melanoma causes symptoms and treatment

whats is

Melanoma is usually, but not always, a cancer of the skin. It begins in melanocytes – the cells that produce the pigment melanin that colors the skin, hair and eyes. Melanocytes also form moles, where melanoma often develops. Having moles can be a risk factor for melanoma, but it’s important to remember that most moles do not become melanoma.


If your melanoma has spread to other areas, you may have:

Hardened lumps under your skin
Swollen or painful lymph nodes
Trouble breathing, or a cough that doesn’t go away
Swelling of your liver (under your lower right ribs) or loss of appetite
Bone pain or, less often, broken bones
Headaches, seizures, or weakness or numbness in your arms or legs
Weight loss

Types of melanoma

There are four types of melanoma.

Superficial spreading melanoma: This is the most common, and it often appears on the trunk or limbs. The cells tend to grow slowly at first, before spreading across the surface of the skin.

Nodular melanoma: It is the second most common type, appearing on the trunk, head, or neck. It tends to grow more quickly than other types, turning red—rather than black—as it grows.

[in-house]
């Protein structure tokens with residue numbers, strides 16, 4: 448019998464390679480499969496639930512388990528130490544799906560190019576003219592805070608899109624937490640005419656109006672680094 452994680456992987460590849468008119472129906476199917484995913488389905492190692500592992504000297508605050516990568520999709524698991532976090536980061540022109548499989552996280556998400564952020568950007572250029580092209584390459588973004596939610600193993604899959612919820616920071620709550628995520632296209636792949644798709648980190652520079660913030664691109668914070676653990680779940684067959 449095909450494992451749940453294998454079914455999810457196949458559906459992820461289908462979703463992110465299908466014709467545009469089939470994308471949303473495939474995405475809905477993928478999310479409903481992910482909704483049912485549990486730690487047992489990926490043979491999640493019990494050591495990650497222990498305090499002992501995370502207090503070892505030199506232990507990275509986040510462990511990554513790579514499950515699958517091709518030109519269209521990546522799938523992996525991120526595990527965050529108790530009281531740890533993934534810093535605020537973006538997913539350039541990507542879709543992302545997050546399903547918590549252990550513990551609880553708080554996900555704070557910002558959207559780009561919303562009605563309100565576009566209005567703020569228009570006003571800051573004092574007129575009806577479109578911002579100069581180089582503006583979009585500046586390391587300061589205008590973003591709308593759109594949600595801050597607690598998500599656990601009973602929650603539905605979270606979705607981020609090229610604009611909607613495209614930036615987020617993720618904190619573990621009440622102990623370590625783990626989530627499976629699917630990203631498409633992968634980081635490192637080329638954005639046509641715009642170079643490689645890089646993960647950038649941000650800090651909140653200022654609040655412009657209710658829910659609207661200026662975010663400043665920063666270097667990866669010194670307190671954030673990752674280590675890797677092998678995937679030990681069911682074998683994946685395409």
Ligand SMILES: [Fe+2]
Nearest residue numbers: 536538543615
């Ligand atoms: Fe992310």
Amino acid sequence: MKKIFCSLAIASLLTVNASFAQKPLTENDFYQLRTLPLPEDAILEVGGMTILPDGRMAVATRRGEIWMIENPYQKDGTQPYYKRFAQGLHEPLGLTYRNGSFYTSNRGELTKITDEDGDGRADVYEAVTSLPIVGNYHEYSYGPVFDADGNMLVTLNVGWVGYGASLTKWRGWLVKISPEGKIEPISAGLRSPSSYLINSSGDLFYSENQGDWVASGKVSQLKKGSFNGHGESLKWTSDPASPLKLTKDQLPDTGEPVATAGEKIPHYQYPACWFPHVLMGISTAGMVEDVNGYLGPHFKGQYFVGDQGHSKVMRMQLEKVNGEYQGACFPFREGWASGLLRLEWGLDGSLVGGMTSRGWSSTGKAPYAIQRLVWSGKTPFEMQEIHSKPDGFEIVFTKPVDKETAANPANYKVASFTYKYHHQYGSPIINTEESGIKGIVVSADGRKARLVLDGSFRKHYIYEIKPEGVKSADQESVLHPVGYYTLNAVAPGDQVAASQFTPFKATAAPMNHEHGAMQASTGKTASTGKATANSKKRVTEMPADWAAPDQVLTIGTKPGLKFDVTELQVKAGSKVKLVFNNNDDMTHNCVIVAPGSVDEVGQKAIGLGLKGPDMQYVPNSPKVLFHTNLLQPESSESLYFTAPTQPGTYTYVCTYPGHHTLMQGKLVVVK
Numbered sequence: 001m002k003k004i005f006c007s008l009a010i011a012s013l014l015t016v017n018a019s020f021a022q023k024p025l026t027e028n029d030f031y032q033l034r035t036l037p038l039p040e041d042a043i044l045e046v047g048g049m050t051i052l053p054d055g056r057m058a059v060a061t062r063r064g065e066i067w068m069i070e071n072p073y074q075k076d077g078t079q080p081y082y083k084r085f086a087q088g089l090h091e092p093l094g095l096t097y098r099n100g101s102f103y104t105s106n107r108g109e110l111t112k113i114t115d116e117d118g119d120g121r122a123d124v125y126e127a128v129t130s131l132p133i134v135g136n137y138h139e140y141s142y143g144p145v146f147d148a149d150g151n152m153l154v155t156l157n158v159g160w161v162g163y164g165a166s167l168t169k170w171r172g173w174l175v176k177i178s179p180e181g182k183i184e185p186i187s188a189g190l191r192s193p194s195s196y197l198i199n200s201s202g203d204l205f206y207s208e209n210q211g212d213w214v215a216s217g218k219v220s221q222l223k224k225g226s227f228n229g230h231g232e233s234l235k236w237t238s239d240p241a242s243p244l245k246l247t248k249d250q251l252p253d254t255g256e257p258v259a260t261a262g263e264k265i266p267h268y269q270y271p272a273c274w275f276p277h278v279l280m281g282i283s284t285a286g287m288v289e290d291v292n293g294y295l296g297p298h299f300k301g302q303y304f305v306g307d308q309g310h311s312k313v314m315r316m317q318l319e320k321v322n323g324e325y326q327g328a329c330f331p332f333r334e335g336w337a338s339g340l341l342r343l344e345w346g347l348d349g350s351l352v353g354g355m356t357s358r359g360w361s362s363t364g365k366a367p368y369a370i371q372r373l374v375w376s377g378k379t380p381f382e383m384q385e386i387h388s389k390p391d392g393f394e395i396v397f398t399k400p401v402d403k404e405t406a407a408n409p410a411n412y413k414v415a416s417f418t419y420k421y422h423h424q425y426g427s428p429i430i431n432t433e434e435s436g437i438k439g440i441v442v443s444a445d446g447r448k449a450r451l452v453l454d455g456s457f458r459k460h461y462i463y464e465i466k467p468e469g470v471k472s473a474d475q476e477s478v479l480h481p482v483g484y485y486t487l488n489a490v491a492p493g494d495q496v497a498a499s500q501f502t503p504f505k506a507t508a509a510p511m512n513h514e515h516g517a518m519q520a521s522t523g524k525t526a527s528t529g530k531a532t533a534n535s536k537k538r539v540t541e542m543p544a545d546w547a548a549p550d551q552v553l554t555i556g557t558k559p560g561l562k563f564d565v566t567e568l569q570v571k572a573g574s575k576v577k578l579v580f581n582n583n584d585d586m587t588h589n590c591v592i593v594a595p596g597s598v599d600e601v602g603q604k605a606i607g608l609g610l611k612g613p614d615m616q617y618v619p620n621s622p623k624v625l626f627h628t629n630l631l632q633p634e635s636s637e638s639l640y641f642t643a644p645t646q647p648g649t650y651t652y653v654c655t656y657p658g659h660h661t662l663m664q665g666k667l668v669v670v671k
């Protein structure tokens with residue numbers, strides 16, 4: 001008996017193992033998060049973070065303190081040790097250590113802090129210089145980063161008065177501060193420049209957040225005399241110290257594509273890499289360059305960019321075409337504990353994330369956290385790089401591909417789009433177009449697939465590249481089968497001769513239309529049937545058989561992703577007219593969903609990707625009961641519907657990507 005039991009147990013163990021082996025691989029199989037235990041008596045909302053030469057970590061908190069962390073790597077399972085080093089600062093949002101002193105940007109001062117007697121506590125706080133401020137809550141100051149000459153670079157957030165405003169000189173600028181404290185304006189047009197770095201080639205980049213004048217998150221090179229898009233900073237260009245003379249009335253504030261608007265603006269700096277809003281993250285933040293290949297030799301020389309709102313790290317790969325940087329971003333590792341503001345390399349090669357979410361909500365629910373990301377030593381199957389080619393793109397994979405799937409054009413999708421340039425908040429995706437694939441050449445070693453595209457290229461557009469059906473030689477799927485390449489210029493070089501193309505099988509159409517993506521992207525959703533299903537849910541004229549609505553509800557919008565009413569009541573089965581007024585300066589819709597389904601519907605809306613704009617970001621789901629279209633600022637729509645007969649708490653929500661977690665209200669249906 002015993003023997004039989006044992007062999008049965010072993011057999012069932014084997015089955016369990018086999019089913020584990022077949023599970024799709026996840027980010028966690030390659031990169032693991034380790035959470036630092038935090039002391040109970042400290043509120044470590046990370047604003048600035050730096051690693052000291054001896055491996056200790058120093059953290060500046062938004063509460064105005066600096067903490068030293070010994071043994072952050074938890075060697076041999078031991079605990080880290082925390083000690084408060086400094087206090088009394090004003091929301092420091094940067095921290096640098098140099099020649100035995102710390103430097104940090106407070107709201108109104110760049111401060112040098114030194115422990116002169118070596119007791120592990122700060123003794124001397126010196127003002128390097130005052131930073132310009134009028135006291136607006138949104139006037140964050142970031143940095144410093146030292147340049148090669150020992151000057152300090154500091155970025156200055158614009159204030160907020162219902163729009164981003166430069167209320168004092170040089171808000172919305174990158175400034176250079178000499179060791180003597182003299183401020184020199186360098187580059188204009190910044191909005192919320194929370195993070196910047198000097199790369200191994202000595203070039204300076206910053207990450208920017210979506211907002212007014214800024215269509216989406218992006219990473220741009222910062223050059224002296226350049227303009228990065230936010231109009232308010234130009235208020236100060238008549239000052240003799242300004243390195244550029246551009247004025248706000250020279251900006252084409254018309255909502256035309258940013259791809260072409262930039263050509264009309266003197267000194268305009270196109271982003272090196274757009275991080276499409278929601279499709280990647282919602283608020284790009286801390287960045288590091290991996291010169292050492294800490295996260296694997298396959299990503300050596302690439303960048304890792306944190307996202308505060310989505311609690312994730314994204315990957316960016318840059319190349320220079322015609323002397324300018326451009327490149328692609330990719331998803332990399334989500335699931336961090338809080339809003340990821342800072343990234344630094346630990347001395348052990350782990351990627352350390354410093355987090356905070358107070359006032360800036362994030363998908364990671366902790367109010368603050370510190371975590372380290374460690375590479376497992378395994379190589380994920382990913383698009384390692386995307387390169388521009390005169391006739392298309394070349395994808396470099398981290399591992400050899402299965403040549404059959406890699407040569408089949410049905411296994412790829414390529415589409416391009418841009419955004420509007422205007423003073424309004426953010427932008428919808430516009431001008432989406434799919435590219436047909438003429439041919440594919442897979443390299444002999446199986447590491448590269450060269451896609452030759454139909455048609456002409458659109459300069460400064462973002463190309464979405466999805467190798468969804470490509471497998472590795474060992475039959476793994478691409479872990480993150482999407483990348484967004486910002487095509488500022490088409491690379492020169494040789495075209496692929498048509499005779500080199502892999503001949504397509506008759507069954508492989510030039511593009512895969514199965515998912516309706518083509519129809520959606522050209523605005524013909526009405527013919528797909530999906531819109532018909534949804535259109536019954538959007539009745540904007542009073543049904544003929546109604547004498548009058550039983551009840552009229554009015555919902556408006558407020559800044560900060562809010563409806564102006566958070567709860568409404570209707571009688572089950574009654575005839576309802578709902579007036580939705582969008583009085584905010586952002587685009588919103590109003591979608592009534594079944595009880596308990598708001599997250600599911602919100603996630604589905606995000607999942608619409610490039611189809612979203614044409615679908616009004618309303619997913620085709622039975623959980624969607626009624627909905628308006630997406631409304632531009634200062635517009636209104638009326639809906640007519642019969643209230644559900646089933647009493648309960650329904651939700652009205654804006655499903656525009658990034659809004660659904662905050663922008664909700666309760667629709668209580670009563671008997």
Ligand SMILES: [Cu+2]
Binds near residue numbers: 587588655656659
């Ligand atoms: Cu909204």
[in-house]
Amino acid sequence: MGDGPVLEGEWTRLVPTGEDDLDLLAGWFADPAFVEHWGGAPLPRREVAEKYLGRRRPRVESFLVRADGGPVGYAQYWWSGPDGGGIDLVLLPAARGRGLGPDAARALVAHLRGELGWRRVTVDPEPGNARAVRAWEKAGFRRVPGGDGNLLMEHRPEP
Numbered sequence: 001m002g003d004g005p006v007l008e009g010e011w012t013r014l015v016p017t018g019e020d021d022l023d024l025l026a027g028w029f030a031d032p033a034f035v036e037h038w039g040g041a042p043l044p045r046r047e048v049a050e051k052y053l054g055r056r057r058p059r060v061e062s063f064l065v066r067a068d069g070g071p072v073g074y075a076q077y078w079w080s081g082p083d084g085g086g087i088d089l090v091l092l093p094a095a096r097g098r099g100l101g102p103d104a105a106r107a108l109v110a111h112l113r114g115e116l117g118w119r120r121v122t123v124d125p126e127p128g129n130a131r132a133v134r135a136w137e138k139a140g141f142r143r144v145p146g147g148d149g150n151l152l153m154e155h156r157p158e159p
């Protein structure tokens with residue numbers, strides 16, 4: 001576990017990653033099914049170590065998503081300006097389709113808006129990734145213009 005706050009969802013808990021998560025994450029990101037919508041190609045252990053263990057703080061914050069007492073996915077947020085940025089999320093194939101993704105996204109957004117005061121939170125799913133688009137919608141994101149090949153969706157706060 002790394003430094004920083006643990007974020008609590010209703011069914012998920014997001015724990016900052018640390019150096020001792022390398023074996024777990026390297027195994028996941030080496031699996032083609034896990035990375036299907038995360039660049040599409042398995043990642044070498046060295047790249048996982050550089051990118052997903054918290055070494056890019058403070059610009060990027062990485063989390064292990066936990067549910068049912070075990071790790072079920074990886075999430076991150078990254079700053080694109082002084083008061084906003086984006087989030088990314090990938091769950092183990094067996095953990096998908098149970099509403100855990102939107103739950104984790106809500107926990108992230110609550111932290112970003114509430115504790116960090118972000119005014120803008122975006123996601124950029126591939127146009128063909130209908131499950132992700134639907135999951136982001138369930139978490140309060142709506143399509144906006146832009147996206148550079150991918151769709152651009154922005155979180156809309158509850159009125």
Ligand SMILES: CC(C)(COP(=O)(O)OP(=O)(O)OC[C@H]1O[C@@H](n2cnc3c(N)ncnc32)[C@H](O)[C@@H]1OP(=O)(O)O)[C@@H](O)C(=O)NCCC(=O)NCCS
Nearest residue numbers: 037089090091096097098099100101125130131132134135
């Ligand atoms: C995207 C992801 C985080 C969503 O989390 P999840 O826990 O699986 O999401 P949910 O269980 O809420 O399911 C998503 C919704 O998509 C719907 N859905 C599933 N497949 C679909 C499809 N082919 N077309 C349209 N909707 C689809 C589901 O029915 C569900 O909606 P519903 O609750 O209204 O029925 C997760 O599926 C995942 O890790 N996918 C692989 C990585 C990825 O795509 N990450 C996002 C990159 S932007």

Lentigo maligna melanoma: This is less common, and tends to affect older people, especially in parts of the body that have been exposed to the sun over several years. It starts as a Hutchinson’s freckle, or lentigo maligna, which looks like a stain on the skin. It usually grows slowly and it less dangerous than other types.

Acral lentiginous melanoma: This is the rarest kind of melanoma. It usually appears on the palms of the hands, soles of the feet, or under the nails. It is more likely in people with darker skin and does not appear to be linked to sun exposure.



Likewise with all malignant growths, inquire about is continuous into the reasons for melanoma.

Individuals with particular kinds of skin are progressively inclined to creating melanoma, and the accompanying variables are related with an expanded frequency of skin malignancy:

high spot thickness or propensity to create spots after sun introduction

high number of moles

at least five atypical moles

nearness of actinic lentigines, little dim dark colored spots, otherwise called liver spots, sun spots, or age spots

goliath intrinsic melanocytic nevus, darker skin denotes that present during childbirth, additionally called pigmentations

fair skin that does not tan effectively and consumes, in addition to light-hued eyes


red or light-shaded hair

high sun introduction, especially in the event that it produces rankling sunburn, and particularly if sun presentation is irregular as opposed to customary

age, as hazard increments with age

family or individual history of melanoma

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